It’s important to have rules. There is no doubt about that.
In any organization, we need processes and rules to help establish what the expectations are. But having a list of rules without connecting them to a WHY is a recipe for disaster.
Give your people a mission with meaning.
Companies need a mission, but not a mission that hangs in a frame in the corporate headquarters and has 18 bullet points. If you already have a lengthy mission, then distill that to a few words for your customer experience mission. What experience do you want to deliver to your customers? This also ties back to how you want your employees to treat each other, your partners, vendors, and customers, too.
The challenge here is to use real language that matters. “To be the best…” means nothing. Corporate speak of “best in class” or “deliver value” doesn’t get you very far, either.
Our mission at Experience Investigators [360Connext] is:
To create fewer ruined days for customers.
We begin every staff meeting with it. We talk about it often. It’s easy to remember and grounds us when we need it.
The power of simplicity here works. And here’s why.
If your people only have rules and processes to follow, it’s easy for them to justify breaking those rules if they come up with their own “why.” Tying actions with a mission (and reinforcing it often) helps employees see the perceived mundane rule as something bigger. It’s about delivering on the mission. Everyone in your organization should be able to tie what they are doing to the mission.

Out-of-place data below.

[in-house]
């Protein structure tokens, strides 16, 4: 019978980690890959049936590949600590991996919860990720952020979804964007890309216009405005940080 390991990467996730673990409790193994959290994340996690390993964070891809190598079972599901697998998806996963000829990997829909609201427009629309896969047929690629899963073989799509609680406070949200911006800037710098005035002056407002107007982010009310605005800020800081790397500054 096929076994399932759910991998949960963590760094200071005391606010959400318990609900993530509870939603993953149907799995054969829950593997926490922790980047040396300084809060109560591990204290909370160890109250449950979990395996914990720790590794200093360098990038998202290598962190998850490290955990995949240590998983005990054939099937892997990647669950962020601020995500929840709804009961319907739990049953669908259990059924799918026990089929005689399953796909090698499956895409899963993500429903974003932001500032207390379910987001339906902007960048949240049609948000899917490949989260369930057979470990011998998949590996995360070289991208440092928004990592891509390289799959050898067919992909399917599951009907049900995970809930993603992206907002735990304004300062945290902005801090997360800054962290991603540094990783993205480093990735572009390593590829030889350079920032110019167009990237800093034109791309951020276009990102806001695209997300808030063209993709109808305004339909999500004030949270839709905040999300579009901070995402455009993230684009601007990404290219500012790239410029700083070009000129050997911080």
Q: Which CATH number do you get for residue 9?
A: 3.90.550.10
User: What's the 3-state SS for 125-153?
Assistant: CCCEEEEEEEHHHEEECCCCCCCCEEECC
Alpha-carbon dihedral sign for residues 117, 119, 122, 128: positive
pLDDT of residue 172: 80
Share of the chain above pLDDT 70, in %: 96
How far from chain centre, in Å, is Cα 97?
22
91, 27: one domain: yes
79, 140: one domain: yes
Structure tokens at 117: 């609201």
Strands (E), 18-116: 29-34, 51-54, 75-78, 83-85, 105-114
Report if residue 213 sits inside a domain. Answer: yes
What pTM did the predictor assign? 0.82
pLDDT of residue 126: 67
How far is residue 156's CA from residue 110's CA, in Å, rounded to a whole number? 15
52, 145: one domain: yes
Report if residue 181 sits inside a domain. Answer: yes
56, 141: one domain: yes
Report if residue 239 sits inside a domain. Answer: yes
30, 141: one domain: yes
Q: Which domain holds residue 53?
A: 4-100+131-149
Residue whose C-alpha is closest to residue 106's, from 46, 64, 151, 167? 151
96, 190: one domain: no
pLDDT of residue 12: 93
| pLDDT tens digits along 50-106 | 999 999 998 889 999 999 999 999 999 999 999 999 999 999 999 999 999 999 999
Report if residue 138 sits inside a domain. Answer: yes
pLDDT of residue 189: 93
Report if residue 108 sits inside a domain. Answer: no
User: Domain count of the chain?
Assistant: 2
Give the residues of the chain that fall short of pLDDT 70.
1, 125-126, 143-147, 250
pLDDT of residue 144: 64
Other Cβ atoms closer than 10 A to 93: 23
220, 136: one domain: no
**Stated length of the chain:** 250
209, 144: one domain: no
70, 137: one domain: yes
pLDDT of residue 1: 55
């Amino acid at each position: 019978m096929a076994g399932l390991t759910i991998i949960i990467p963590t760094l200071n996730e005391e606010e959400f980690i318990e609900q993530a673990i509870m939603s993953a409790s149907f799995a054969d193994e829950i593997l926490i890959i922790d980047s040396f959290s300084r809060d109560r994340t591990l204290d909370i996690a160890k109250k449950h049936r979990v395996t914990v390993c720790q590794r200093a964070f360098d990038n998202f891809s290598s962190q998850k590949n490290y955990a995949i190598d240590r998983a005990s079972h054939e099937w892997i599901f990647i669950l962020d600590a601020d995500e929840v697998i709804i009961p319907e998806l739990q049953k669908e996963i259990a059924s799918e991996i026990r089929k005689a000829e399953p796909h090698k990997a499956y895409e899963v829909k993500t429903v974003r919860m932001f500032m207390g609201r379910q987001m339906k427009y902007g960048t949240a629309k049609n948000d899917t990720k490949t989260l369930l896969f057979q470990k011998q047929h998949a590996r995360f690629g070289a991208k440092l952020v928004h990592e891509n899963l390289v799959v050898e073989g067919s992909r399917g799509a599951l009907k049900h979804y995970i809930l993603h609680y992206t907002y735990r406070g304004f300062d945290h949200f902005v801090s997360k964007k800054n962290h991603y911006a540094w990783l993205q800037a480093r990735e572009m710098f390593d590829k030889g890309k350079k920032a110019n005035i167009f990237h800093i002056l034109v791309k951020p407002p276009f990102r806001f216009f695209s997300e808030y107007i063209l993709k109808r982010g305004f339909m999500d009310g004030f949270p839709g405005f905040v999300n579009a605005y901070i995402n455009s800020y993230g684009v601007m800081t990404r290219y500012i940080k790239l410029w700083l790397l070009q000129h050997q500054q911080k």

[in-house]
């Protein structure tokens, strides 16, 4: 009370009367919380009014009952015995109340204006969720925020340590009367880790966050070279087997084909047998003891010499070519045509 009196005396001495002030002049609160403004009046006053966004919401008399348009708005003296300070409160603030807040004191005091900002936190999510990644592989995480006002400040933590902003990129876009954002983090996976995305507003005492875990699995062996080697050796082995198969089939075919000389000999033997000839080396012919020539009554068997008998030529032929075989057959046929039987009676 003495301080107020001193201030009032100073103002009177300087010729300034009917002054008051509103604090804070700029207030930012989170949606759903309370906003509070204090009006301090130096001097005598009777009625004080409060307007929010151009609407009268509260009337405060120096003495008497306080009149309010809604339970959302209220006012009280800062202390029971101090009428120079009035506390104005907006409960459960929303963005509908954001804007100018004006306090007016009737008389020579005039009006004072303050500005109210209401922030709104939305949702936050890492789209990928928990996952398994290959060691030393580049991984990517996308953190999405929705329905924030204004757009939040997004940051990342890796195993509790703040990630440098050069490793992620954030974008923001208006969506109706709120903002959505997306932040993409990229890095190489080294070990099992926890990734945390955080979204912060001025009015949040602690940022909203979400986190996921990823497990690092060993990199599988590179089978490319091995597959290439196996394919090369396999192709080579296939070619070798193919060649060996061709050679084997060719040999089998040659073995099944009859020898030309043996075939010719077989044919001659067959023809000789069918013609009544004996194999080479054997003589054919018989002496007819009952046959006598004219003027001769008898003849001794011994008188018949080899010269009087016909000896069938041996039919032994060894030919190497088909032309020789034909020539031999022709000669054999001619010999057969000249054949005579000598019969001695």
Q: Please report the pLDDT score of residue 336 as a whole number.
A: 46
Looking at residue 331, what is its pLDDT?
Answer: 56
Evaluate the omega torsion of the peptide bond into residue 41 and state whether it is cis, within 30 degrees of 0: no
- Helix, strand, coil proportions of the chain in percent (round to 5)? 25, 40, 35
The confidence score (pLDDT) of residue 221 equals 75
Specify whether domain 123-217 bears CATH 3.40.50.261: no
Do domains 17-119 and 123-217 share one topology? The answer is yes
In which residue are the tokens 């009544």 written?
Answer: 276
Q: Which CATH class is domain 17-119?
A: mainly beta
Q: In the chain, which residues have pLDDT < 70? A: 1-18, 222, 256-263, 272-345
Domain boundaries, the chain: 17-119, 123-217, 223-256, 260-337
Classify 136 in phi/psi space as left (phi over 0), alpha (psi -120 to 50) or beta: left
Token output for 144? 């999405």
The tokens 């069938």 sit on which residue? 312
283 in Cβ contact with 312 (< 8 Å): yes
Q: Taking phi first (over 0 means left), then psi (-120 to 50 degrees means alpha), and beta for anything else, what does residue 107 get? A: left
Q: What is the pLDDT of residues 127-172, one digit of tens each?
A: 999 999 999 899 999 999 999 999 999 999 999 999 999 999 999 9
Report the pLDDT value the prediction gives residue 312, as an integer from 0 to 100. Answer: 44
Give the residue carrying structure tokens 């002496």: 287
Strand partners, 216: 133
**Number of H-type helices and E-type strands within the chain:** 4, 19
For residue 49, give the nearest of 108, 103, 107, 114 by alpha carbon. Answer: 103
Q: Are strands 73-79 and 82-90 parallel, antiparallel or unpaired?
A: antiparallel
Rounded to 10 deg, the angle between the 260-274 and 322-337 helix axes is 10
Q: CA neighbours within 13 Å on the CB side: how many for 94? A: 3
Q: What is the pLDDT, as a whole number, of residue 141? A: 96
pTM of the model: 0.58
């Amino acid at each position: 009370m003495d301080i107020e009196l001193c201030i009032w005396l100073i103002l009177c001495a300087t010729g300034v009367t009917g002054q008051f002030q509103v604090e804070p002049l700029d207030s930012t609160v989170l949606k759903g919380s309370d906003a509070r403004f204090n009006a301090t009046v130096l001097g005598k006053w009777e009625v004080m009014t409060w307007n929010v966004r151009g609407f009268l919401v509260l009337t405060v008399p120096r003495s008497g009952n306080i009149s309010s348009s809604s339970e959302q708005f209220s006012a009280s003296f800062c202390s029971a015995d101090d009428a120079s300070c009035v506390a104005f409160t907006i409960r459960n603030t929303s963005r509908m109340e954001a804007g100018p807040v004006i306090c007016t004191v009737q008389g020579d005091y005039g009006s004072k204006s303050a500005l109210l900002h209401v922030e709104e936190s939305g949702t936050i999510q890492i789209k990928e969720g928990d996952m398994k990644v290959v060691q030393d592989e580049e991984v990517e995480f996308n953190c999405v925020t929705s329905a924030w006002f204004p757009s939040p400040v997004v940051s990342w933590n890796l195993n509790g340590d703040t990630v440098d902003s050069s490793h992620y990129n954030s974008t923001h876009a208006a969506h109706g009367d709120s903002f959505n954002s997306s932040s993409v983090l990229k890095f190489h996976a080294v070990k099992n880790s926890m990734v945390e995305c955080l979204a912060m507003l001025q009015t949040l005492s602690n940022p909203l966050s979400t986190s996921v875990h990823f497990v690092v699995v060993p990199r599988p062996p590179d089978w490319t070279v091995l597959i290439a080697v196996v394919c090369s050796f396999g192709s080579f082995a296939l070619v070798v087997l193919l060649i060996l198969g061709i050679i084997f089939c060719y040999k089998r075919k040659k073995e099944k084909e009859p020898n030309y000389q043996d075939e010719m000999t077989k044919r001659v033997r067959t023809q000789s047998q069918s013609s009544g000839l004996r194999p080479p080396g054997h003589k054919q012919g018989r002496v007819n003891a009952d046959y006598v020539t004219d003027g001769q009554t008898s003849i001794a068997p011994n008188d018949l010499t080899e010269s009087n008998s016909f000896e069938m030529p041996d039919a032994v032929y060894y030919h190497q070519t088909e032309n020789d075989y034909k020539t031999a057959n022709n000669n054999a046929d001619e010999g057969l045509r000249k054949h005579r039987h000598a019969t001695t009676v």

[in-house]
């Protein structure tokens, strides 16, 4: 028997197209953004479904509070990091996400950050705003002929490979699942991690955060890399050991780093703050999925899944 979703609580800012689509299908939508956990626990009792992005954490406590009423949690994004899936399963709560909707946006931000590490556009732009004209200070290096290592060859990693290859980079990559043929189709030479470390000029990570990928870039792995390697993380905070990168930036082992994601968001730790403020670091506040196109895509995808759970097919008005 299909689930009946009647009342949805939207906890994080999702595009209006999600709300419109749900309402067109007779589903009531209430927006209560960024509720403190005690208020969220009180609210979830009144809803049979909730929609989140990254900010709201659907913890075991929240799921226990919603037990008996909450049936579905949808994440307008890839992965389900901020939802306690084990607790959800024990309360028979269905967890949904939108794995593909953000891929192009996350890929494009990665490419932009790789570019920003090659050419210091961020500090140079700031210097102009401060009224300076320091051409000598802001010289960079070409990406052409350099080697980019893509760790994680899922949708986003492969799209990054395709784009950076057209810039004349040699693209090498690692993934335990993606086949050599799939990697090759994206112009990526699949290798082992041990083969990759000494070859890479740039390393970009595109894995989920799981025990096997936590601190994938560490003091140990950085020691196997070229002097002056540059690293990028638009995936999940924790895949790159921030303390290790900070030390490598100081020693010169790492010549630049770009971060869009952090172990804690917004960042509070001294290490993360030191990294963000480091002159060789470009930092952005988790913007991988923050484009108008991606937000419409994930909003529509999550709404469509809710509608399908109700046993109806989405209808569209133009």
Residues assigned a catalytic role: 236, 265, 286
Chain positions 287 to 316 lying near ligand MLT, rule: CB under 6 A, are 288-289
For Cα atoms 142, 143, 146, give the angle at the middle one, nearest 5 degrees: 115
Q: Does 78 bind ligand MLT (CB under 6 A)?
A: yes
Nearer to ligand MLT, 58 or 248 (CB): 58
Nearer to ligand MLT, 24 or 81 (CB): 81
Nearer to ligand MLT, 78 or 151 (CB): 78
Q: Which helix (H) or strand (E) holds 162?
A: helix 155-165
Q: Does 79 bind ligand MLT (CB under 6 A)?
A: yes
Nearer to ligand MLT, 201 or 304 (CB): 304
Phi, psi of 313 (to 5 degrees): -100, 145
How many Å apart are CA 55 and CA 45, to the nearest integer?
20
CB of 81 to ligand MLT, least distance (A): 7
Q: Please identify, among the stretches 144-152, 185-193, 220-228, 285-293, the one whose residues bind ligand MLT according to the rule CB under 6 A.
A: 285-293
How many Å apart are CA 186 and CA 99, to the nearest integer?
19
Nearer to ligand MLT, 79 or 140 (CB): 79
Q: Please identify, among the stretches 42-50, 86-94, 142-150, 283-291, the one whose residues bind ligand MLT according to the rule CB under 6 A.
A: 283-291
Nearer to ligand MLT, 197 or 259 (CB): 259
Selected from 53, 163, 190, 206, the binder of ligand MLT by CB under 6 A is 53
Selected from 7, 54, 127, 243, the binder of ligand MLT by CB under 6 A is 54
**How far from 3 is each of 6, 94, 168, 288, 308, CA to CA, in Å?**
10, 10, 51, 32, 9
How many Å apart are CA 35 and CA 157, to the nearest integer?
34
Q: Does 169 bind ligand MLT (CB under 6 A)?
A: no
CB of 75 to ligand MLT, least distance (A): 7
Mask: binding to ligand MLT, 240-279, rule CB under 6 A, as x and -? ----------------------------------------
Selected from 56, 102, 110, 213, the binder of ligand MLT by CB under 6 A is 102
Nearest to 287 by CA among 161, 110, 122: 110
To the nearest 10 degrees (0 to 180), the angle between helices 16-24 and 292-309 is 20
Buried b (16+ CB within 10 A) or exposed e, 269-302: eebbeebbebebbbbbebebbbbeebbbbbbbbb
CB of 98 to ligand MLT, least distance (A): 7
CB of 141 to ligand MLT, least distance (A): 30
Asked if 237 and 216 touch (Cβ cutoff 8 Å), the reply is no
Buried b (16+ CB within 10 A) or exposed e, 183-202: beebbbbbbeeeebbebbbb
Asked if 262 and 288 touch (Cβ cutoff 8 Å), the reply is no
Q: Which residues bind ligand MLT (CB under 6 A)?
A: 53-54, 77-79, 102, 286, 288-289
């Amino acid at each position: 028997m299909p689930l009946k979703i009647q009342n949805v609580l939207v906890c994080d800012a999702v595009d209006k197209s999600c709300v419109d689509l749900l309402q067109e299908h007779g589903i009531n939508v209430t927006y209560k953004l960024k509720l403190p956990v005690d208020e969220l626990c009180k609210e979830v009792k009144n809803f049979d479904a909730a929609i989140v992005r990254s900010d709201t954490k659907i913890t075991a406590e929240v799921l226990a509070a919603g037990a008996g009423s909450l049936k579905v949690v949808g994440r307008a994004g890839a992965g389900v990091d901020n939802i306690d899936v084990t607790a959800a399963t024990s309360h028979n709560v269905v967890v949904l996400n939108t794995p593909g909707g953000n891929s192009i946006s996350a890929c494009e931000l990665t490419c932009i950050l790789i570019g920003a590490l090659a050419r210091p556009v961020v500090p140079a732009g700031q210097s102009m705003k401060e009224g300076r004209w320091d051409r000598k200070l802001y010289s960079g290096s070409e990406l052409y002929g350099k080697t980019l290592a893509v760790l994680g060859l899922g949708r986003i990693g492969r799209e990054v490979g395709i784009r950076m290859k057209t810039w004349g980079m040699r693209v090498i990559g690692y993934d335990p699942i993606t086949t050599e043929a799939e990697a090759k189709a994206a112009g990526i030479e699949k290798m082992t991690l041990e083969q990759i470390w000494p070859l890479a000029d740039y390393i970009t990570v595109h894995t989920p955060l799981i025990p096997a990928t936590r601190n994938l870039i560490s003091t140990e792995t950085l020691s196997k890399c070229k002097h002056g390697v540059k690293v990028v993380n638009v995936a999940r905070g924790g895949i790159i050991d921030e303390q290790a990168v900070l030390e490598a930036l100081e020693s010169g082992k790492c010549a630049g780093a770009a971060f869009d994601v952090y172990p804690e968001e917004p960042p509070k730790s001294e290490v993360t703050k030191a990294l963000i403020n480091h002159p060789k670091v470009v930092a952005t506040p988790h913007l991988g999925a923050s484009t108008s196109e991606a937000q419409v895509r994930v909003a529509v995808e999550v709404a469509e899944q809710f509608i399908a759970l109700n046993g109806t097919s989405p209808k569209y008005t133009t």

Recently, a Harvard Business Review article highlighted a study regarding the risks of hiring “toxic” employees. I’m sure you know the type. They exhibit overconfidence, are self-centered, but are productive and rule-following. You read that right. They answered questions on an assessment with the answer: rules “should always be followed.”
Those very people have a 25% greater chance of being fired for actually breaking the rules. This was surprising. It’s not surprising to hear those cocky self-centered jerks are toxic, right? But productive? And rule-following?
Pleasing the boss isn’t a good reason to follow the rules. Eventually, those toxic employees are going to start breaking the rules. They will begin to see their own justifications, instead of understanding the connection to the mission.
The best employees, your superstars, will sometimes break the rules, too. They will break the rules because they feel empowered to do so to live the mission. They will make things right for customers or spend a bit more time getting to know them.
So it’s time to ask yourself a few questions.
- Do you have a mission? Does it make sense? Do your people actually know it and live it?
- Do you tie the rules and processes of your organization back to the mission often?
- Do your employees feel empowered to live the mission? Can they break a rule to make things right?
There is a saying that rules were made to be broken. Maybe that’s true, but you have to know why.